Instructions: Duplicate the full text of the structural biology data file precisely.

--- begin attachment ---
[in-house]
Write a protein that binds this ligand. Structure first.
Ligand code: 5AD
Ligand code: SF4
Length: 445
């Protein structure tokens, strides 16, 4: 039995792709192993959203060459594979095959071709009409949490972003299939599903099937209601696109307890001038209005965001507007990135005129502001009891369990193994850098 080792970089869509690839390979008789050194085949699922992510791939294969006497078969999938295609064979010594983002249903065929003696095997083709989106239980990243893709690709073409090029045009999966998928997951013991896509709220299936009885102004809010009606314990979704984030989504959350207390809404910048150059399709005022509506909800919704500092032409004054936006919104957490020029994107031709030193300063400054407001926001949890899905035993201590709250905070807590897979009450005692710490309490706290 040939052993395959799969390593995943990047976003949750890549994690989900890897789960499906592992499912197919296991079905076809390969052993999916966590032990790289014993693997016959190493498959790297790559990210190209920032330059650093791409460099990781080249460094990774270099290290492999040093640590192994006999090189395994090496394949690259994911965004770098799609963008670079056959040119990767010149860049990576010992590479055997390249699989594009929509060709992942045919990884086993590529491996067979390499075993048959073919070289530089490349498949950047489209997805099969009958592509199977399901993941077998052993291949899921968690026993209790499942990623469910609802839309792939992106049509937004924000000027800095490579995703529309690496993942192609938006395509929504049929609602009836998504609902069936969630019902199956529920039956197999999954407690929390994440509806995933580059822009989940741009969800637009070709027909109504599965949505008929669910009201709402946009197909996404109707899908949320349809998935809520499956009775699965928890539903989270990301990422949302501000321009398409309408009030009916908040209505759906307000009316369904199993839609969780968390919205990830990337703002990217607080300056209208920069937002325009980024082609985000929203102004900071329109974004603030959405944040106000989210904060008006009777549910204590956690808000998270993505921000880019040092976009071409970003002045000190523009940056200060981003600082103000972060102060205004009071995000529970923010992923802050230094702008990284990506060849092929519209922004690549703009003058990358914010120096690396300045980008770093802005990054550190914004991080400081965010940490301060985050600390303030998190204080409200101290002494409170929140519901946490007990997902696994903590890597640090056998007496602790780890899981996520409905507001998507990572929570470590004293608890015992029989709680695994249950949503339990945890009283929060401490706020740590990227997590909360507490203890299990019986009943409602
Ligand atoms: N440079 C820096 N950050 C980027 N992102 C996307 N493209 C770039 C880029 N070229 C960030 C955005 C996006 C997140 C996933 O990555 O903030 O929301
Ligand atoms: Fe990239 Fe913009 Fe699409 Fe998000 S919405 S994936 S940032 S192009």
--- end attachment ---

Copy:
[in-house]
Write a protein that binds this ligand. Structure first.
Ligand code: 5AD
Ligand code: SF4
Length: 445
């Protein structure tokens, strides 16, 4: 039995792709192993959203060459594979095959071709009409949490972003299939599903099937209601696109307890001038209005965001507007990135005129502001009891369990193994850098 080792970089869509690839390979008789050194085949699922992510791939294969006497078969999938295609064979010594983002249903065929003696095997083709989106239980990243893709690709073409090029045009999966998928997951013991896509709220299936009885102004809010009606314990979704984030989504959350207390809404910048150059399709005022509506909800919704500092032409004054936006919104957490020029994107031709030193300063400054407001926001949890899905035993201590709250905070807590897979009450005692710490309490706290 040939052993395959799969390593995943990047976003949750890549994690989900890897789960499906592992499912197919296991079905076809390969052993999916966590032990790289014993693997016959190493498959790297790559990210190209920032330059650093791409460099990781080249460094990774270099290290492999040093640590192994006999090189395994090496394949690259994911965004770098799609963008670079056959040119990767010149860049990576010992590479055997390249699989594009929509060709992942045919990884086993590529491996067979390499075993048959073919070289530089490349498949950047489209997805099969009958592509199977399901993941077998052993291949899921968690026993209790499942990623469910609802839309792939992106049509937004924000000027800095490579995703529309690496993942192609938006395509929504049929609602009836998504609902069936969630019902199956529920039956197999999954407690929390994440509806995933580059822009989940741009969800637009070709027909109504599965949505008929669910009201709402946009197909996404109707899908949320349809998935809520499956009775699965928890539903989270990301990422949302501000321009398409309408009030009916908040209505759906307000009316369904199993839609969780968390919205990830990337703002990217607080300056209208920069937002325009980024082609985000929203102004900071329109974004603030959405944040106000989210904060008006009777549910204590956690808000998270993505921000880019040092976009071409970003002045000190523009940056200060981003600082103000972060102060205004009071995000529970923010992923802050230094702008990284990506060849092929519209922004690549703009003058990358914010120096690396300045980008770093802005990054550190914004991080400081965010940490301060985050600390303030998190204080409200101290002494409170929140519901946490007990997902696994903590890597640090056998007496602790780890899981996520409905507001998507990572929570470590004293608890015992029989709680695994249950949503339990945890009283929060401490706020740590990227997590909360507490203890299990019986009943409602
Ligand atoms: N440079 C820096 N950050 C980027 N992102 C996307 N493209 C770039 C880029 N070229 C960030 C955005 C996006 C997140 C996933 O990555 O903030 O929301
Ligand atoms: Fe990239 Fe913009 Fe699409 Fe998000 S919405 S994936 S940032 S192009």